The Dutch policy objective of a fully sustainable livestock sector without mutilations by 2023 is not compatible with the routine practice of tail docking to minimize the risk of tail biting. To examine farmer attitudes towards docking, a telephone survey was conducted among 487 conventional and 33 organic Dutch pig farmers. "Biting" (of tails, ears, or limbs) was identified by the farmers as a main welfare problem in pig farming. About half of the farmers reported to have no tail biting problems in their own herd. When farmers did report problems, they most often reported figures between 1 and 5 % of the animals. High incidences of tail biting were anticipated when trying to keep undocked pigs. Enrichment materials used in the conventional sector included mainly chains (52-63 % of the farms) and hanging rubber or plastic balls (22-30 %). Straw, sawdust, or wood shavings was hardly provided in conventional pig farming (2-3 %), in contrast to organic farming (88-100 % of farms). Conventional pig farmers feel a curly tail is not very important for sustainable pig farming. They consider enrichment to be less effective and tail docking to be less stressful for them and their piglets than their organic colleagues do. Pig farmers identified climate as a main risk factor for tail biting as opposed to enrichment. The objective of reducing routine tail docking requires solutions for dealing with tail biting problems at the farm level. In this process, transfer of scientific knowledge about enrichment materials and other measures to prevent and cure tail biting is critical, as is a change in farmer attitudes and awareness of the moral issues involved. © 2012 The Author(s). Source

de Vos B.I.,LEI | de Vos B.I.,Wageningen University | van Tatenhove J.P.M.,Wageningen University
Marine Policy | Year: 2011

Until the 1990s fisheries were largely managed by the state. Since then, Dutch government and the sector increasingly recognized that a fishing industry cannot be managed effectively without the cooperation and participation of fishers to formulate policy and to implement and enforce laws and regulations. As a result, in the nineties, the existing neo-corporatist arrangement was replaced by a co-management system in the Dutch flatfish fishery. Co-management is often seen as leading to greater procedural legitimacy and subsequently compliance. However, constructing an effective co-management arrangement is not only a matter of building institutions but also a matter of building trust relations between the government and industry. Institutional arrangements such as co-management can contribute to these trust building processes; however, a too strong reliance on institutional arrangements can lead to distrust when new challenges are being faced and institutional arrangements fail to adapt to these changes. © 2010 Elsevier Ltd. Source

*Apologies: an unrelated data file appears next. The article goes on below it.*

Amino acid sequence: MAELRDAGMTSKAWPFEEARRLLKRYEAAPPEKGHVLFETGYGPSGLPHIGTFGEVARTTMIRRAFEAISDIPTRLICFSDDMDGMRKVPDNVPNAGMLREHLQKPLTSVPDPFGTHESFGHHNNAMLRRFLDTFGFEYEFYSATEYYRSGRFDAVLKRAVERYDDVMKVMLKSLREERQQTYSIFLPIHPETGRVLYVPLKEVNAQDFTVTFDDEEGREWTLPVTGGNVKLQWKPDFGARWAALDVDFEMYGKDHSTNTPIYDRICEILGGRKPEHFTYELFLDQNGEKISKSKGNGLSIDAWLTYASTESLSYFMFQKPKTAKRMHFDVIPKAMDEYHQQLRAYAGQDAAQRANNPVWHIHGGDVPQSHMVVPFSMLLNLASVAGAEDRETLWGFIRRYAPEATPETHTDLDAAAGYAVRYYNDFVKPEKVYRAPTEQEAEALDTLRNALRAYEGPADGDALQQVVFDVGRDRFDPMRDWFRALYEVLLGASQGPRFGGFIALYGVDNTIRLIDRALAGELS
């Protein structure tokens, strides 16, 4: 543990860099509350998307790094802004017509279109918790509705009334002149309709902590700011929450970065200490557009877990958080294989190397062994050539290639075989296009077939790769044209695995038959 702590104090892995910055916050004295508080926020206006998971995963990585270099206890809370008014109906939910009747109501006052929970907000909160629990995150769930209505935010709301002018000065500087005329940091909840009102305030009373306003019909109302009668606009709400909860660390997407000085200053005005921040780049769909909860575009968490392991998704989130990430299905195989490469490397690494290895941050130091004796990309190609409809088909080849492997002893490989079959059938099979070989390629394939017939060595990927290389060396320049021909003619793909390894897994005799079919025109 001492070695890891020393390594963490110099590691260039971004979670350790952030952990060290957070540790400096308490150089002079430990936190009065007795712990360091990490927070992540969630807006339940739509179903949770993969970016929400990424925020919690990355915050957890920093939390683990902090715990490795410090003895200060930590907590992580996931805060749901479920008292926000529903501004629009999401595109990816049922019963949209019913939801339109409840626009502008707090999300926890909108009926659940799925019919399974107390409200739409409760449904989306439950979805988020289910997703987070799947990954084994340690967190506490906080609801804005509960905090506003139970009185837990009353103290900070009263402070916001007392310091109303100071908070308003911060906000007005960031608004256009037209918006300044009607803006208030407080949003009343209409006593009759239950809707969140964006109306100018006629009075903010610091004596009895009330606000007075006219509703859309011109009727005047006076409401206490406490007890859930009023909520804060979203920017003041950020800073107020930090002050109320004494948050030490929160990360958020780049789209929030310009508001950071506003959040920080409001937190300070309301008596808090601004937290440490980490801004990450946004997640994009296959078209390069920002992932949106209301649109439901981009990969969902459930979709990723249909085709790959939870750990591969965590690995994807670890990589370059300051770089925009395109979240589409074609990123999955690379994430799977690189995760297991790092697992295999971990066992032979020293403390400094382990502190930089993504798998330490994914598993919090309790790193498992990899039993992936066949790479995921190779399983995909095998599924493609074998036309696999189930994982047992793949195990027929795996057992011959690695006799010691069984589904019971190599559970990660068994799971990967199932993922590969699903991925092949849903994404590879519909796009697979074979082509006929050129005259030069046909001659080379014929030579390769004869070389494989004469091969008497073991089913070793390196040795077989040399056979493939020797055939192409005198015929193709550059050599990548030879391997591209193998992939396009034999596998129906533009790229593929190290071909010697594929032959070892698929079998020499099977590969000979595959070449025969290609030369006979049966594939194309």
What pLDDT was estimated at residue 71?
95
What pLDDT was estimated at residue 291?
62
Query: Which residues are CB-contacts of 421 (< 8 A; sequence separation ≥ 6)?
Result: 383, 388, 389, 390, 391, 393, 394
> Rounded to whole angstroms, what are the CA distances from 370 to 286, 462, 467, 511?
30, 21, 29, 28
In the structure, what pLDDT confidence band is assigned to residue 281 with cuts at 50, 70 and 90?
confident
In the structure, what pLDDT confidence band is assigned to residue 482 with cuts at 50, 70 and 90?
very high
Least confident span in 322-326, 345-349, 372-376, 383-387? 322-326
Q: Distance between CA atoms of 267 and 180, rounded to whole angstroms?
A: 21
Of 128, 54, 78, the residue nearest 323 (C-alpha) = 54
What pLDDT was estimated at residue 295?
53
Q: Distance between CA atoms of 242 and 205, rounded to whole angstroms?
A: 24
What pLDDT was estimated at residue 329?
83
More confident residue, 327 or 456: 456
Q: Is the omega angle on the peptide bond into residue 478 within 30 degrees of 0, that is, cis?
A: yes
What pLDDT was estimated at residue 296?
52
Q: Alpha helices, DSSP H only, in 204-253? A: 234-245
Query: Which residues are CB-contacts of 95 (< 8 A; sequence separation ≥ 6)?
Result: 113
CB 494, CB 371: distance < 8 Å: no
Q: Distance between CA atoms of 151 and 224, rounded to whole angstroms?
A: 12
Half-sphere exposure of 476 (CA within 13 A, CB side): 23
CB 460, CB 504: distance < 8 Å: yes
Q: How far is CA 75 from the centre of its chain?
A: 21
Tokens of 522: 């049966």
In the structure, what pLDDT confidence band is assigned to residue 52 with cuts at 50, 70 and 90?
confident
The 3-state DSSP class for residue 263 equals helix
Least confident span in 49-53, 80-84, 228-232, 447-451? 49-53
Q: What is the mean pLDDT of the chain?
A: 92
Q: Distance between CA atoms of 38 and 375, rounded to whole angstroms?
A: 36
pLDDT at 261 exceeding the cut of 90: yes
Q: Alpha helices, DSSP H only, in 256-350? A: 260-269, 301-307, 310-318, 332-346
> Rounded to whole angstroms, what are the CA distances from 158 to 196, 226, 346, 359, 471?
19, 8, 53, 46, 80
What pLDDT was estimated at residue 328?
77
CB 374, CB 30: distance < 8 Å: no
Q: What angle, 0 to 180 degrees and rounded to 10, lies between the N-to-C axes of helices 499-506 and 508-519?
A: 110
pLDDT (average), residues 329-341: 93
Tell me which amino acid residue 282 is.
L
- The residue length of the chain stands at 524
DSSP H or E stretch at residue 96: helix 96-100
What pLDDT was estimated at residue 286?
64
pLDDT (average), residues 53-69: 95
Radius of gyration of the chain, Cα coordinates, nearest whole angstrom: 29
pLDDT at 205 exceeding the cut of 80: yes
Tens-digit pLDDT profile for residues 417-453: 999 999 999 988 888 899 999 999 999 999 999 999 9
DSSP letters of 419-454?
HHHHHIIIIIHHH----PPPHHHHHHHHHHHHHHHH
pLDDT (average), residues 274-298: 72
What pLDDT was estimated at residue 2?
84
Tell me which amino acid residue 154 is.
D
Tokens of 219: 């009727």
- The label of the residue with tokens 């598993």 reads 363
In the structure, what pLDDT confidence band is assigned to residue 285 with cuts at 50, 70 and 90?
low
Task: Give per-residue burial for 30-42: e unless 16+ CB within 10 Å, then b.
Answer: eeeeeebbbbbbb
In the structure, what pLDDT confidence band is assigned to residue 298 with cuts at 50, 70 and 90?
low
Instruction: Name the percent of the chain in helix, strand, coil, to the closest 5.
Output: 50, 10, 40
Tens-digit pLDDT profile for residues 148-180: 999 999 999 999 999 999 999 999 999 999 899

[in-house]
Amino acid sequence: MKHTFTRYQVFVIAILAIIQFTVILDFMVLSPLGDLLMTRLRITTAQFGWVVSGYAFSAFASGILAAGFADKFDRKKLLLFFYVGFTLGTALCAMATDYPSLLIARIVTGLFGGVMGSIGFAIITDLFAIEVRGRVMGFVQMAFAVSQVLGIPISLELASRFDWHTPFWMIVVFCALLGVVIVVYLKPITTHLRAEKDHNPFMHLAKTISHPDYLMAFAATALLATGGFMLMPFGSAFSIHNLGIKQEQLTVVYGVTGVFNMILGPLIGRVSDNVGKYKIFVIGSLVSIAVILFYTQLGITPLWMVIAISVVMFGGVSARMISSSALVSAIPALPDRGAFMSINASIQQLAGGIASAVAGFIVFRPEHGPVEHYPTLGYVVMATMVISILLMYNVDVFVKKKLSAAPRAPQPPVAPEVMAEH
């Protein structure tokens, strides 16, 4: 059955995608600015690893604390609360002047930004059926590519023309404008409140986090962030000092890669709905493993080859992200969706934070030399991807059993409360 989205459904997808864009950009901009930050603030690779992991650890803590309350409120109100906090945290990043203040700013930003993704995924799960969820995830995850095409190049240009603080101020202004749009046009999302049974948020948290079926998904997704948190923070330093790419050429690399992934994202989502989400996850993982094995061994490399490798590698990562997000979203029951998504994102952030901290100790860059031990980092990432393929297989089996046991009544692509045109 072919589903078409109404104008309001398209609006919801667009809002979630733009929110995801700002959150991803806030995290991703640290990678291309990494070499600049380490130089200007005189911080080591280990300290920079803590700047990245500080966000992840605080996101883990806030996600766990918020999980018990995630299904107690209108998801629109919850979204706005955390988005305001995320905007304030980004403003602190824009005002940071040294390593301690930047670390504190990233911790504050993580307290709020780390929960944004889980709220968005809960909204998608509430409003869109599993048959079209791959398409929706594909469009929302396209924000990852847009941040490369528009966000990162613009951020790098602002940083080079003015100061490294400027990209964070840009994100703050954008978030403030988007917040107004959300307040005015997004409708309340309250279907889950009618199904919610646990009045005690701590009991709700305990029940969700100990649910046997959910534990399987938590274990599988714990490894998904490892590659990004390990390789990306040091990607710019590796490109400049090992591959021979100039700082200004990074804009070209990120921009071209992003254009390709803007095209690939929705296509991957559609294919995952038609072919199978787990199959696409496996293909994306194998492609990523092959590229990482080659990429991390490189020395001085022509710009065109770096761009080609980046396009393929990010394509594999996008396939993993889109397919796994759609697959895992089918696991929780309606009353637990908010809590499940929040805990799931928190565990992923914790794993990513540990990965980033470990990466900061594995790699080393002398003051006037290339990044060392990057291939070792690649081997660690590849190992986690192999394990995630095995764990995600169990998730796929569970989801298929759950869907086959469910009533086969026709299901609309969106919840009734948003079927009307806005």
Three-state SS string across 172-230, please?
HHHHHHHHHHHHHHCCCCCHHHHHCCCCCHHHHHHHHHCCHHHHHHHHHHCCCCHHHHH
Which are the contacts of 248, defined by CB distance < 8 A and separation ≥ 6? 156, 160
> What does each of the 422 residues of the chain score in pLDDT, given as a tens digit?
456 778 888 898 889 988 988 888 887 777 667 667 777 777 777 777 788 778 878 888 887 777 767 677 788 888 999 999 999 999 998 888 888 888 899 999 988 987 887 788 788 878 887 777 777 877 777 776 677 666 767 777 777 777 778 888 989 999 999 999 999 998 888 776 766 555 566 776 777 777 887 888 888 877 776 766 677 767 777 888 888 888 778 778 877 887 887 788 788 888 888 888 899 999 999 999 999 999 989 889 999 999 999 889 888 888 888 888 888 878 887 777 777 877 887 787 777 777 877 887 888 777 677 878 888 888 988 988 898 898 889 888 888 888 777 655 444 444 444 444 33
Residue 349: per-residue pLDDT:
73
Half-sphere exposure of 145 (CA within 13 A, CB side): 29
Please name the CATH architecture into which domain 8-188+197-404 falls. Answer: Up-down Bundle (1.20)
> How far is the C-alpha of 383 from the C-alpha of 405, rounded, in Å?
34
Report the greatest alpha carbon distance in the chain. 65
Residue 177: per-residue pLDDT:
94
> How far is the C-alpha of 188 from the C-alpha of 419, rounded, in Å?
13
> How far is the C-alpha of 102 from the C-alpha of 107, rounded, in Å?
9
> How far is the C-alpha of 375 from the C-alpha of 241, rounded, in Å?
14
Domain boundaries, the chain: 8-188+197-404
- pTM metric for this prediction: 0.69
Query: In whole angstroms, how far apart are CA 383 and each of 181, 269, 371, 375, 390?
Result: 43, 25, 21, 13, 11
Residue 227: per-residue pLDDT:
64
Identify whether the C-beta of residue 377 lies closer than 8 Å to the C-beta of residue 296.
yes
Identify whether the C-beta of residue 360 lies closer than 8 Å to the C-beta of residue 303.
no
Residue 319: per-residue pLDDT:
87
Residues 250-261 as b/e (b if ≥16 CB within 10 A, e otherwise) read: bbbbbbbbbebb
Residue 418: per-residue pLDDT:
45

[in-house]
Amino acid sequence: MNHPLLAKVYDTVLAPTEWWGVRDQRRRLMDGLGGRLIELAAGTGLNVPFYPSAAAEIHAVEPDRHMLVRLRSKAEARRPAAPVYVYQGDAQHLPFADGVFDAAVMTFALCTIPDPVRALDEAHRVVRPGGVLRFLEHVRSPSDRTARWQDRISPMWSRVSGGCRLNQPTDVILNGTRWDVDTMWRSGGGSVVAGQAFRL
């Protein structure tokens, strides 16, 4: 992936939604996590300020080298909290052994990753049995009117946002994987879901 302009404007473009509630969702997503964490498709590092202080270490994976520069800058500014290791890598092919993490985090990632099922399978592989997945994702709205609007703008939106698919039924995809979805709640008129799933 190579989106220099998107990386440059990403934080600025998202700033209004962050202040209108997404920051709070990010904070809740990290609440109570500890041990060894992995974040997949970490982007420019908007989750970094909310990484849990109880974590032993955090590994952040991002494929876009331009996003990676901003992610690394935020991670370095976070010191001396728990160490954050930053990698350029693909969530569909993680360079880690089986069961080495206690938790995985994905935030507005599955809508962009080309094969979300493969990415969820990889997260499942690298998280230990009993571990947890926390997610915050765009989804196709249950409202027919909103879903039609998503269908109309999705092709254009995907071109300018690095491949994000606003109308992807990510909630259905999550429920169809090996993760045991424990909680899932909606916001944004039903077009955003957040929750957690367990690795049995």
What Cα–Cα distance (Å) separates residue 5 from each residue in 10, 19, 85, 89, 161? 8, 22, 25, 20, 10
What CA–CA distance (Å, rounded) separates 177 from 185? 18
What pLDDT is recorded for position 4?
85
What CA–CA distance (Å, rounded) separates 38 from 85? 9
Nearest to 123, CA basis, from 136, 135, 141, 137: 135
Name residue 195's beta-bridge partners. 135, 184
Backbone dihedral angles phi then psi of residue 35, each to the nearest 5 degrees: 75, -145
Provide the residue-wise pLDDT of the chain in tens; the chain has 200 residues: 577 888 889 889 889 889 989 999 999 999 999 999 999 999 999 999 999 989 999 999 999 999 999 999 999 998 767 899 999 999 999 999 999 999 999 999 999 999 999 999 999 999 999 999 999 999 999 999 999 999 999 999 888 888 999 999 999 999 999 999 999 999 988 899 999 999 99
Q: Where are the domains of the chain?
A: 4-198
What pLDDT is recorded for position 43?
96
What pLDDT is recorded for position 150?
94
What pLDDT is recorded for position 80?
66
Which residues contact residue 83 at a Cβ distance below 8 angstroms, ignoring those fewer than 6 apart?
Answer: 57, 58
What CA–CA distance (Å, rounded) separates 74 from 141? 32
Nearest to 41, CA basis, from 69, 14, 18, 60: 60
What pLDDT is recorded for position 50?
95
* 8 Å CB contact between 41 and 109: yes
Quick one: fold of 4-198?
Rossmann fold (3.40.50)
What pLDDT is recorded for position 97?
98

Dongiovanni D.N.,Safety Technologies | Iesmantas T.,LEI
Fusion Engineering and Design | Year: 2016

Availability will play an important role in the Demonstration Power Plant (DEMO) success from an economic and safety perspective. Availability performance is commonly assessed by Reliability Availability Maintainability Inspectability (RAMI) analysis, strongly relying on the accurate definition of system components failure modes (FM) and failure rates (FR). Little component experience is available in fusion application, therefore requiring the adaptation of literature FR to fusion plant operating conditions, which may differ in several aspects. As a possible solution to this problem, a new methodology to extrapolate/estimate components failure rate under different operating conditions is presented. The DEMO Balance of Plant nuclear steam turbine component operated in pulse mode is considered as study case. The methodology moves from the definition of a fault tree taking into account failure modes possibly enhanced by pulsed operation. The fault tree is then translated into a Bayesian network. A statistical model for the turbine system failure rate in terms of subcomponents' FR is hence obtained, allowing for sensitivity analyses on the structured mixture of literature and unknown FR data for which plausible value intervals are investigated to assess their impact on the whole turbine system FR. Finally, the impact of resulting turbine system FR on plant availability is assessed exploiting a Reliability Block Diagram (RBD) model for a typical secondary cooling system implementing a Rankine cycle. Mean inherent availability for a period of 20 years plant mission range from 79% to 82% when varying turbine subcomponents FR from 1E-4/h to 1E-8/h, respectively, and much lower than the 97% performance expected for steady state operation. © 2016. Source